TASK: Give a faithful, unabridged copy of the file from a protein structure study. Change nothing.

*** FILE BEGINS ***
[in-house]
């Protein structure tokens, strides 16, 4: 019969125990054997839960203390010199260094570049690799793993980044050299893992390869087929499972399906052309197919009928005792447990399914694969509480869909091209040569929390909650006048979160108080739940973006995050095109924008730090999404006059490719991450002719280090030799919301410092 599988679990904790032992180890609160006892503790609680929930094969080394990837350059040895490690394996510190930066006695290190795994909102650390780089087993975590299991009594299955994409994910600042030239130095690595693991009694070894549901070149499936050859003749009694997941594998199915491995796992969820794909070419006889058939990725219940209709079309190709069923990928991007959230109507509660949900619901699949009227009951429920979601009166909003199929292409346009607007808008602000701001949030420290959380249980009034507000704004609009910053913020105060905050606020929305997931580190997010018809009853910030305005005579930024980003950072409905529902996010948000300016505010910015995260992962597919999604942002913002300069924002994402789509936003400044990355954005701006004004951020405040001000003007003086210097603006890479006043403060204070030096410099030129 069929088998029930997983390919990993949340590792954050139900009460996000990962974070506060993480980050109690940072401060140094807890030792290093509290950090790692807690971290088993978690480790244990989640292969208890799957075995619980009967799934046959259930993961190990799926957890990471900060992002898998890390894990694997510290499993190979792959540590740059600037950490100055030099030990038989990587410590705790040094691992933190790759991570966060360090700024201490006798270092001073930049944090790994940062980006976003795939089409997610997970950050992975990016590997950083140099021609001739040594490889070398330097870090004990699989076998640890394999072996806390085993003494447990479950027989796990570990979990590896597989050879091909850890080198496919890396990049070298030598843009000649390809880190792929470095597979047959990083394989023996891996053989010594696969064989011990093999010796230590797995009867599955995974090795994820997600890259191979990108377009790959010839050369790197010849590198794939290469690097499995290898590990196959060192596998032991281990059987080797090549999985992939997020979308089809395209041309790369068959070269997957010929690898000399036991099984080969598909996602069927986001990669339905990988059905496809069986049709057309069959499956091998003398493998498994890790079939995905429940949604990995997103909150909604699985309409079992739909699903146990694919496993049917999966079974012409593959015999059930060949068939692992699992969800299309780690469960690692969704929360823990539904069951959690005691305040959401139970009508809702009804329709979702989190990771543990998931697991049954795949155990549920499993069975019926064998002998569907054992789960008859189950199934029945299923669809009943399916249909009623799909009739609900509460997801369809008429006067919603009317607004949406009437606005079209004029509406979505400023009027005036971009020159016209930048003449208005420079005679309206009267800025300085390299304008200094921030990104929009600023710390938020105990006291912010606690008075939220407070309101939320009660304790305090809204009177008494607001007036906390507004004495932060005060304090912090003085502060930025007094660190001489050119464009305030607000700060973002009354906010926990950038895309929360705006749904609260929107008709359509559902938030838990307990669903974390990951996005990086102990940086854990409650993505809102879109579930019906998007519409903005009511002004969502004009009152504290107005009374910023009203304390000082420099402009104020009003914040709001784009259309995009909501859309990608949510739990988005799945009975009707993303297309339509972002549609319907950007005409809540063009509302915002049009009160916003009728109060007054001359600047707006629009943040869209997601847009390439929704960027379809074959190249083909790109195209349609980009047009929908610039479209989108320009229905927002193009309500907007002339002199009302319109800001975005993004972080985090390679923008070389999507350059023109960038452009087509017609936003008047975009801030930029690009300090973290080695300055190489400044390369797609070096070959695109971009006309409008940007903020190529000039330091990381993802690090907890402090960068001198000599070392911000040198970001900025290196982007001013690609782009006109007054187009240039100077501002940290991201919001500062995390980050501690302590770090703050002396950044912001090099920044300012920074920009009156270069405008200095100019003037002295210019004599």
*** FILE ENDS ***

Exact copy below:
[in-house]
């Protein structure tokens, strides 16, 4: 019969125990054997839960203390010199260094570049690799793993980044050299893992390869087929499972399906052309197919009928005792447990399914694969509480869909091209040569929390909650006048979160108080739940973006995050095109924008730090999404006059490719991450002719280090030799919301410092 599988679990904790032992180890609160006892503790609680929930094969080394990837350059040895490690394996510190930066006695290190795994909102650390780089087993975590299991009594299955994409994910600042030239130095690595693991009694070894549901070149499936050859003749009694997941594998199915491995796992969820794909070419006889058939990725219940209709079309190709069923990928991007959230109507509660949900619901699949009227009951429920979601009166909003199929292409346009607007808008602000701001949030420290959380249980009034507000704004609009910053913020105060905050606020929305997931580190997010018809009853910030305005005579930024980003950072409905529902996010948000300016505010910015995260992962597919999604942002913002300069924002994402789509936003400044990355954005701006004004951020405040001000003007003086210097603006890479006043403060204070030096410099030129 069929088998029930997983390919990993949340590792954050139900009460996000990962974070506060993480980050109690940072401060140094807890030792290093509290950090790692807690971290088993978690480790244990989640292969208890799957075995619980009967799934046959259930993961190990799926957890990471900060992002898998890390894990694997510290499993190979792959540590740059600037950490100055030099030990038989990587410590705790040094691992933190790759991570966060360090700024201490006798270092001073930049944090790994940062980006976003795939089409997610997970950050992975990016590997950083140099021609001739040594490889070398330097870090004990699989076998640890394999072996806390085993003494447990479950027989796990570990979990590896597989050879091909850890080198496919890396990049070298030598843009000649390809880190792929470095597979047959990083394989023996891996053989010594696969064989011990093999010796230590797995009867599955995974090795994820997600890259191979990108377009790959010839050369790197010849590198794939290469690097499995290898590990196959060192596998032991281990059987080797090549999985992939997020979308089809395209041309790369068959070269997957010929690898000399036991099984080969598909996602069927986001990669339905990988059905496809069986049709057309069959499956091998003398493998498994890790079939995905429940949604990995997103909150909604699985309409079992739909699903146990694919496993049917999966079974012409593959015999059930060949068939692992699992969800299309780690469960690692969704929360823990539904069951959690005691305040959401139970009508809702009804329709979702989190990771543990998931697991049954795949155990549920499993069975019926064998002998569907054992789960008859189950199934029945299923669809009943399916249909009623799909009739609900509460997801369809008429006067919603009317607004949406009437606005079209004029509406979505400023009027005036971009020159016209930048003449208005420079005679309206009267800025300085390299304008200094921030990104929009600023710390938020105990006291912010606690008075939220407070309101939320009660304790305090809204009177008494607001007036906390507004004495932060005060304090912090003085502060930025007094660190001489050119464009305030607000700060973002009354906010926990950038895309929360705006749904609260929107008709359509559902938030838990307990669903974390990951996005990086102990940086854990409650993505809102879109579930019906998007519409903005009511002004969502004009009152504290107005009374910023009203304390000082420099402009104020009003914040709001784009259309995009909501859309990608949510739990988005799945009975009707993303297309339509972002549609319907950007005409809540063009509302915002049009009160916003009728109060007054001359600047707006629009943040869209997601847009390439929704960027379809074959190249083909790109195209349609980009047009929908610039479209989108320009229905927002193009309500907007002339002199009302319109800001975005993004972080985090390679923008070389999507350059023109960038452009087509017609936003008047975009801030930029690009300090973290080695300055190489400044390369797609070096070959695109971009006309409008940007903020190529000039330091990381993802690090907890402090960068001198000599070392911000040198970001900025290196982007001013690609782009006109007054187009240039100077501002940290991201919001500062995390980050501690302590770090703050002396950044912001090099920044300012920074920009009156270069405008200095100019003037002295210019004599």